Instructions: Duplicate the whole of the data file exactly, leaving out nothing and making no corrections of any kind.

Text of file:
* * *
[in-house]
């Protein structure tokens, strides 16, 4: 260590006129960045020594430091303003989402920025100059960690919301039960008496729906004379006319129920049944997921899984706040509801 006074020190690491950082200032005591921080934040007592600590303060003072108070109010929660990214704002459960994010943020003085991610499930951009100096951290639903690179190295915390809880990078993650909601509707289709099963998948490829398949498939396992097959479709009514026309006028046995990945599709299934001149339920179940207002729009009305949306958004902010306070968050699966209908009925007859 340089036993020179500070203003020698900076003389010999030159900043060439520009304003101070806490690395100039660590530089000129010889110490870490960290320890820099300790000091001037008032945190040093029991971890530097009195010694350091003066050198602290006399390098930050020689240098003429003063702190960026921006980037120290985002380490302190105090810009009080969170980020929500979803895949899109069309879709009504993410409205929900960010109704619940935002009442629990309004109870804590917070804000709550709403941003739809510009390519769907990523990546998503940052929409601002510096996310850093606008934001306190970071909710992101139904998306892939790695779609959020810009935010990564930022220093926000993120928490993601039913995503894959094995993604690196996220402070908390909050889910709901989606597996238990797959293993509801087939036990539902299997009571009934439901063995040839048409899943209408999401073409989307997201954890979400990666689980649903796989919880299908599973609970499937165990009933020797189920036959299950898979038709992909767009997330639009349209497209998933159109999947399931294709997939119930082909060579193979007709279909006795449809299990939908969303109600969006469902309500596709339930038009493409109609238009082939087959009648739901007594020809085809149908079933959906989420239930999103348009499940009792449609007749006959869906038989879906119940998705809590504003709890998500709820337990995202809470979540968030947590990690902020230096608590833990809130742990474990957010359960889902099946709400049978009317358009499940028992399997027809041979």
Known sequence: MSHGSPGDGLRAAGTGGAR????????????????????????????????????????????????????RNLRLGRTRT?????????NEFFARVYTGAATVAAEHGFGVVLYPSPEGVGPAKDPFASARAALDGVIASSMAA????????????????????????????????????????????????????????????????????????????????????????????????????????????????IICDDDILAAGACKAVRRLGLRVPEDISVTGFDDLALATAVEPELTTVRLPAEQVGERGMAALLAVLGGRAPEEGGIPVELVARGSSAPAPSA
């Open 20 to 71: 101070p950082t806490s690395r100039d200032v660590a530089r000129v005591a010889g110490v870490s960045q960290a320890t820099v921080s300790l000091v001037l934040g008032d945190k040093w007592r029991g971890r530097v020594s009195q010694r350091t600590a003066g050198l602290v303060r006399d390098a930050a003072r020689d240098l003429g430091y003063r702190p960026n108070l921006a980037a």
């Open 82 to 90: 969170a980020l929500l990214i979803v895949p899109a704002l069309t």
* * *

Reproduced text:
[in-house]
């Protein structure tokens, strides 16, 4: 260590006129960045020594430091303003989402920025100059960690919301039960008496729906004379006319129920049944997921899984706040509801 006074020190690491950082200032005591921080934040007592600590303060003072108070109010929660990214704002459960994010943020003085991610499930951009100096951290639903690179190295915390809880990078993650909601509707289709099963998948490829398949498939396992097959479709009514026309006028046995990945599709299934001149339920179940207002729009009305949306958004902010306070968050699966209908009925007859 340089036993020179500070203003020698900076003389010999030159900043060439520009304003101070806490690395100039660590530089000129010889110490870490960290320890820099300790000091001037008032945190040093029991971890530097009195010694350091003066050198602290006399390098930050020689240098003429003063702190960026921006980037120290985002380490302190105090810009009080969170980020929500979803895949899109069309879709009504993410409205929900960010109704619940935002009442629990309004109870804590917070804000709550709403941003739809510009390519769907990523990546998503940052929409601002510096996310850093606008934001306190970071909710992101139904998306892939790695779609959020810009935010990564930022220093926000993120928490993601039913995503894959094995993604690196996220402070908390909050889910709901989606597996238990797959293993509801087939036990539902299997009571009934439901063995040839048409899943209408999401073409989307997201954890979400990666689980649903796989919880299908599973609970499937165990009933020797189920036959299950898979038709992909767009997330639009349209497209998933159109999947399931294709997939119930082909060579193979007709279909006795449809299990939908969303109600969006469902309500596709339930038009493409109609238009082939087959009648739901007594020809085809149908079933959906989420239930999103348009499940009792449609007749006959869906038989879906119940998705809590504003709890998500709820337990995202809470979540968030947590990690902020230096608590833990809130742990474990957010359960889902099946709400049978009317358009499940028992399997027809041979």
Known sequence: MSHGSPGDGLRAAGTGGAR????????????????????????????????????????????????????RNLRLGRTRT?????????NEFFARVYTGAATVAAEHGFGVVLYPSPEGVGPAKDPFASARAALDGVIASSMAA????????????????????????????????????????????????????????????????????????????????????????????????????????????????IICDDDILAAGACKAVRRLGLRVPEDISVTGFDDLALATAVEPELTTVRLPAEQVGERGMAALLAVLGGRAPEEGGIPVELVARGSSAPAPSA
């Open 20 to 71: 101070p950082t806490s690395r100039d200032v660590a530089r000129v005591a010889g110490v870490s960045q960290a320890t820099v921080s300790l000091v001037l934040g008032d945190k040093w007592r029991g971890r530097v020594s009195q010694r350091t600590a003066g050198l602290v303060r006399d390098a930050a003072r020689d240098l003429g430091y003063r702190p960026n108070l921006a980037a």
């Open 82 to 90: 969170a980020l929500l990214i979803v895949p899109a704002l069309t």